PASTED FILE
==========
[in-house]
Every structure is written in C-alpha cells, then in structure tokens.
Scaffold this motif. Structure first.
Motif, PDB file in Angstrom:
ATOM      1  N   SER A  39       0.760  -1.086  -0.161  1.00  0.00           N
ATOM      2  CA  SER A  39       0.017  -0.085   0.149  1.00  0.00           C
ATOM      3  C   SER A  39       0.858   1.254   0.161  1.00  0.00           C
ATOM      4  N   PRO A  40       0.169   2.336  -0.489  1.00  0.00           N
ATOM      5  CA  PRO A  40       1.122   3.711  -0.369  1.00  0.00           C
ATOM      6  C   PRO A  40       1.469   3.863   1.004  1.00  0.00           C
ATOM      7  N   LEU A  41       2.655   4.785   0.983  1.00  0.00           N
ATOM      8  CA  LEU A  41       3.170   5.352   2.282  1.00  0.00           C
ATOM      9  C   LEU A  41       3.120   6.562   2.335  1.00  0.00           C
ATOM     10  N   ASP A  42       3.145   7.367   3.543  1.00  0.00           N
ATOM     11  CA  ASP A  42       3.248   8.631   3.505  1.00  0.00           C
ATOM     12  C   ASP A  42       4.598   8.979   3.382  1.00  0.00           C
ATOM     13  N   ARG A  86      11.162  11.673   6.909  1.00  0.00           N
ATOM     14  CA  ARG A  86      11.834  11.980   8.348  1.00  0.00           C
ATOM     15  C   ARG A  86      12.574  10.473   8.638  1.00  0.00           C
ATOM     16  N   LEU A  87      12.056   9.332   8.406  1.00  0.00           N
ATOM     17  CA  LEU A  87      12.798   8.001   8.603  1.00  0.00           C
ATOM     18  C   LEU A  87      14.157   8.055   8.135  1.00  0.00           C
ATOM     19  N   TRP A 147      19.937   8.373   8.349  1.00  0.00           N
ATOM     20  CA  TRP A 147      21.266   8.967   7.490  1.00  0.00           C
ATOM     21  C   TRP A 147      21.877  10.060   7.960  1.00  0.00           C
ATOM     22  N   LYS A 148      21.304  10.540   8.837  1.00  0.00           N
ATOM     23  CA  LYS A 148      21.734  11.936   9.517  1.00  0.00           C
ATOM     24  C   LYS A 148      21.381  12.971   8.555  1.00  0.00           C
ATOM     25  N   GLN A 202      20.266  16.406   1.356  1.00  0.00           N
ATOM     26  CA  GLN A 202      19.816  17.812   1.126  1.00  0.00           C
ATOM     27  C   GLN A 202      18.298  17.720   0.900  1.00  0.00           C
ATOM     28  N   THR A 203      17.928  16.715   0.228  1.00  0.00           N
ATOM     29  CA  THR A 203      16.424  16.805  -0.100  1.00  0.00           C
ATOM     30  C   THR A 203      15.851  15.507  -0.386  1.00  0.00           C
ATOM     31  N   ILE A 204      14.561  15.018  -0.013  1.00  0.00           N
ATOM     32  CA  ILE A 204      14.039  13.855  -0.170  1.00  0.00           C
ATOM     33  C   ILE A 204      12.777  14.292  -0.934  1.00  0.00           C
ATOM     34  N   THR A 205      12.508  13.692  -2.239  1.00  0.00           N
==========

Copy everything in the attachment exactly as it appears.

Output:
[in-house]
Every structure is written in C-alpha cells, then in structure tokens.
Scaffold this motif. Structure first.
Motif, PDB file in Angstrom:
ATOM      1  N   SER A  39       0.760  -1.086  -0.161  1.00  0.00           N
ATOM      2  CA  SER A  39       0.017  -0.085   0.149  1.00  0.00           C
ATOM      3  C   SER A  39       0.858   1.254   0.161  1.00  0.00           C
ATOM      4  N   PRO A  40       0.169   2.336  -0.489  1.00  0.00           N
ATOM      5  CA  PRO A  40       1.122   3.711  -0.369  1.00  0.00           C
ATOM      6  C   PRO A  40       1.469   3.863   1.004  1.00  0.00           C
ATOM      7  N   LEU A  41       2.655   4.785   0.983  1.00  0.00           N
ATOM      8  CA  LEU A  41       3.170   5.352   2.282  1.00  0.00           C
ATOM      9  C   LEU A  41       3.120   6.562   2.335  1.00  0.00           C
ATOM     10  N   ASP A  42       3.145   7.367   3.543  1.00  0.00           N
ATOM     11  CA  ASP A  42       3.248   8.631   3.505  1.00  0.00           C
ATOM     12  C   ASP A  42       4.598   8.979   3.382  1.00  0.00           C
ATOM     13  N   ARG A  86      11.162  11.673   6.909  1.00  0.00           N
ATOM     14  CA  ARG A  86      11.834  11.980   8.348  1.00  0.00           C
ATOM     15  C   ARG A  86      12.574  10.473   8.638  1.00  0.00           C
ATOM     16  N   LEU A  87      12.056   9.332   8.406  1.00  0.00           N
ATOM     17  CA  LEU A  87      12.798   8.001   8.603  1.00  0.00           C
ATOM     18  C   LEU A  87      14.157   8.055   8.135  1.00  0.00           C
ATOM     19  N   TRP A 147      19.937   8.373   8.349  1.00  0.00           N
ATOM     20  CA  TRP A 147      21.266   8.967   7.490  1.00  0.00           C
ATOM     21  C   TRP A 147      21.877  10.060   7.960  1.00  0.00           C
ATOM     22  N   LYS A 148      21.304  10.540   8.837  1.00  0.00           N
ATOM     23  CA  LYS A 148      21.734  11.936   9.517  1.00  0.00           C
ATOM     24  C   LYS A 148      21.381  12.971   8.555  1.00  0.00           C
ATOM     25  N   GLN A 202      20.266  16.406   1.356  1.00  0.00           N
ATOM     26  CA  GLN A 202      19.816  17.812   1.126  1.00  0.00           C
ATOM     27  C   GLN A 202      18.298  17.720   0.900  1.00  0.00           C
ATOM     28  N   THR A 203      17.928  16.715   0.228  1.00  0.00           N
ATOM     29  CA  THR A 203      16.424  16.805  -0.100  1.00  0.00           C
ATOM     30  C   THR A 203      15.851  15.507  -0.386  1.00  0.00           C
ATOM     31  N   ILE A 204      14.561  15.018  -0.013  1.00  0.00           N
ATOM     32  CA  ILE A 204      14.039  13.855  -0.170  1.00  0.00           C
ATOM     33  C   ILE A 204      12.777  14.292  -0.934  1.00  0.00           C
ATOM     34  N   THR A 205      12.508  13.692  -2.239  1.00  0.00           N